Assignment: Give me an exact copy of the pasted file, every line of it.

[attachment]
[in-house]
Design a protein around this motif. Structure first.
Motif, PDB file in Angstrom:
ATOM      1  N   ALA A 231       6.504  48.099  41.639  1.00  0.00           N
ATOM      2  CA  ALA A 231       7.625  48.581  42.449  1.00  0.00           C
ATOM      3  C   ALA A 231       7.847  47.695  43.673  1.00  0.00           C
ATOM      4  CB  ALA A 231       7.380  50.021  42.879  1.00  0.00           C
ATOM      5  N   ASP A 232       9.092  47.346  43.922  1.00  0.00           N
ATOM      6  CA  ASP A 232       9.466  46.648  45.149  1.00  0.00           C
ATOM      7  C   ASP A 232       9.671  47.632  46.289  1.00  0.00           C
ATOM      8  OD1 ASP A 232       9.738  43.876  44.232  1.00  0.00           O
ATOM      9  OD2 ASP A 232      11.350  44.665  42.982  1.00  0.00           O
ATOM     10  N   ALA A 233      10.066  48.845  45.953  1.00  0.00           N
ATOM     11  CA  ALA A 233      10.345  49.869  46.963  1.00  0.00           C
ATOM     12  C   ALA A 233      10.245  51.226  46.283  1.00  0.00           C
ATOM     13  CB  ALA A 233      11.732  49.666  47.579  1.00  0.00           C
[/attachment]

[in-house]
Design a protein around this motif. Structure first.
Motif, PDB file in Angstrom:
ATOM      1  N   ALA A 231       6.504  48.099  41.639  1.00  0.00           N
ATOM      2  CA  ALA A 231       7.625  48.581  42.449  1.00  0.00           C
ATOM      3  C   ALA A 231       7.847  47.695  43.673  1.00  0.00           C
ATOM      4  CB  ALA A 231       7.380  50.021  42.879  1.00  0.00           C
ATOM      5  N   ASP A 232       9.092  47.346  43.922  1.00  0.00           N
ATOM      6  CA  ASP A 232       9.466  46.648  45.149  1.00  0.00           C
ATOM      7  C   ASP A 232       9.671  47.632  46.289  1.00  0.00           C
ATOM      8  OD1 ASP A 232       9.738  43.876  44.232  1.00  0.00           O
ATOM      9  OD2 ASP A 232      11.350  44.665  42.982  1.00  0.00           O
ATOM     10  N   ALA A 233      10.066  48.845  45.953  1.00  0.00           N
ATOM     11  CA  ALA A 233      10.345  49.869  46.963  1.00  0.00           C
ATOM     12  C   ALA A 233      10.245  51.226  46.283  1.00  0.00           C
ATOM     13  CB  ALA A 233      11.732  49.666  47.579  1.00  0.00           C